Let's give our lawmakers a break. The insurance industry should be appreciative that they threw us a bone with the extension of TRIA. We can't expect our congressmen to consider another insurance-related issue this year, a national catastrophe fund. Just think of all the paid golf trips, all-you-can-eat lunches, glad-handing and president-bashing they have to do this election year.
Actually, we shouldn't trouble reps and senators at all, ever, with such a complicated and significant project as a national strategy for coping with inevitable natural disasters. Such long-term planning is beyond them, unless you catch them in the perfect moment. Our chance was last September after Katrina, when Rita was roaring toward Houston.
Now that we've excused Congress from the hard work, should we just cross our fingers for no landfalls in 2006? Tiptoe lest we jangle the Earth's plates and unleash an earthquake in New Madrid or San Francisco? Give up completely on a national catastrophe fund?
My plan, if I were Re-Man, master of the insurance universe, would be to do just that--banish the thought of a natural CAT fund.
First, I'd raise the costs of a handshake at Baden-Baden and Monte Carlo, and strike the fear of God into property carriers. Let their commercial prices skyrocket. Let their terms be riddled with exclusions, their premiums put in a vice between limits and deductibles. Let them run afoul of state regulators and their political interests. And the carriers then shall flee the shorelines and the fault lines.
They already have, you say? Then good for them! We're not supposed to be building in those places anyway.
Re-Man, you might say next, there are two problems with your strategy--people want to live and work in dangerous, sunny places like Florida and California, and they already do. As an expert on catastrophe insurance recently told me, basically, there's no way around these facts. So a national CAT fund is needed to allow carriers to follow them to the beach.
Yet want and should are two different things. I may want to study Islamic history in Baghdad, but now's not a good time to do it. Blaspheme, Re-Man, war is not the same as people wanting to live in a cosmopolitan San Fran brownstone, or in a beachfront penthouse condo in Miami.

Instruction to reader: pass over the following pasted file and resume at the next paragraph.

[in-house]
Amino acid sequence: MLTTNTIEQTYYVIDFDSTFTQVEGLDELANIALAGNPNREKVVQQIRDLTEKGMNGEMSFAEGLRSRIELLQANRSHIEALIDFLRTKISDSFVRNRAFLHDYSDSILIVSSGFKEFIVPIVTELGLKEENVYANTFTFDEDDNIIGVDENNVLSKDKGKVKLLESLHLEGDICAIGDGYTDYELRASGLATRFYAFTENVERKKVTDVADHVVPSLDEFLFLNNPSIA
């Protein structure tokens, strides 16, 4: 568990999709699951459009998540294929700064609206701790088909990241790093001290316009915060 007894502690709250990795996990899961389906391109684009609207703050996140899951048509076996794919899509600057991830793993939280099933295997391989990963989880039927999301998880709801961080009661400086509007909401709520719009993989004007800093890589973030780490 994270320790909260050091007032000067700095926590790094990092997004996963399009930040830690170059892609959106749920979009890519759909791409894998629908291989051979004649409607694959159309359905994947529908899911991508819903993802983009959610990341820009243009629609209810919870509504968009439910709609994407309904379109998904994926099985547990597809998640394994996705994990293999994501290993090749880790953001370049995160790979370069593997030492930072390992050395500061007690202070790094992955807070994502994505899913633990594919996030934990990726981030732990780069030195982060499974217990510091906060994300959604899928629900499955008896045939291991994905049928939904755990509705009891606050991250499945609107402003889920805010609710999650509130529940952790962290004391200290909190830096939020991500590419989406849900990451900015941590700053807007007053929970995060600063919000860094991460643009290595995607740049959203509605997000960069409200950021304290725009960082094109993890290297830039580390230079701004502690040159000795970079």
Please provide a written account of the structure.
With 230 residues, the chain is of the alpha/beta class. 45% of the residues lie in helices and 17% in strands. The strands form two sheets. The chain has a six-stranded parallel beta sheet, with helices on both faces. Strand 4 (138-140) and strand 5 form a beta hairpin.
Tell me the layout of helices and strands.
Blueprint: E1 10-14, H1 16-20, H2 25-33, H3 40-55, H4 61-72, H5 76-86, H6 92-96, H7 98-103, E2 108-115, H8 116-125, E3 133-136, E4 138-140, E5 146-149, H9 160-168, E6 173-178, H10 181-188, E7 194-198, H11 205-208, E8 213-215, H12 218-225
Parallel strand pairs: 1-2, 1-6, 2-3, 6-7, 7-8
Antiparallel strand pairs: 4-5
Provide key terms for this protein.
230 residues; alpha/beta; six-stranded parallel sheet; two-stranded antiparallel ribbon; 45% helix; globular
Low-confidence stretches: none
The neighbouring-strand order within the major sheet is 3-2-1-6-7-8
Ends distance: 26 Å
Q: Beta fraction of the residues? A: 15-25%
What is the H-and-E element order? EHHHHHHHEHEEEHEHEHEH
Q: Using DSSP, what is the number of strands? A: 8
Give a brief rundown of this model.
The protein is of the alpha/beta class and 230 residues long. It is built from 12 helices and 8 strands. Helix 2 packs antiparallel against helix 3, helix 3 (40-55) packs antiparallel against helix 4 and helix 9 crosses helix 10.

Perhaps, but what will you say when the 1906 earthquake repeats in today's San Francisco, and you're looking at upward of $200 billion in total economic losses, more than 1,000 fatalities and 136,000 refugees?
According to estimates in a recent SwissRe report, there's only a 1 in 20 chance that such a repeat will happen before 2032. But--and this is a big but--there's a two in three shot of some destructive earthquake measuring higher than 6.7 in the area. Do I even need to start talking hurricanes? Global warming? But, Re-Man, that's exactly why we need a nat CAT fund!
No, that's why we need actuarially sound insurance rates. A nat CAT fund would subsidize the irresponsible and dangerous development of apocalypse-prone areas--as well as its reconstruction to "bigger and better" status after said apocalypse hits.
You want to build on the coast? Fine, then please pay out your nose for coverage. If you don't pay, please know full-well you are gambling with your life, business and/or property, and don't expect any handouts when all that is lost.
That leaves our second problem--Miami, San Francisco, St. Louis, and other concentrated areas of property and people in dangerous places. We can't just unbuild them, and when they do get hit by catastrophe--chances are, they will--we can't just let them sit there and rot like New Orleans. We have to rebuild them, Re-Man, and we need this public-private partnership to do it.
Agreed. But instead of having the federal government borrow money from China to fund a national CAT plan, let the risk-transfer world take care of itself. Let insurance act as a brake on greedy development, not just in Florida and California, but all along every coastline and fault line.
When the Big One hits, many victims will flee, never to return. I say good. We're not supposed to build in flood plains or fill up fault lines. Big Ones help us realize this, and should help us reduce our dangerous cities to sizes that are sustainable, safer and insurable for the long term. The quicker we realize this fact of Nature, the better. So sayeth Re-Man.
MATTHEW BRODSKY is associate editor of Risk & Insurance®.
April 15, 2006
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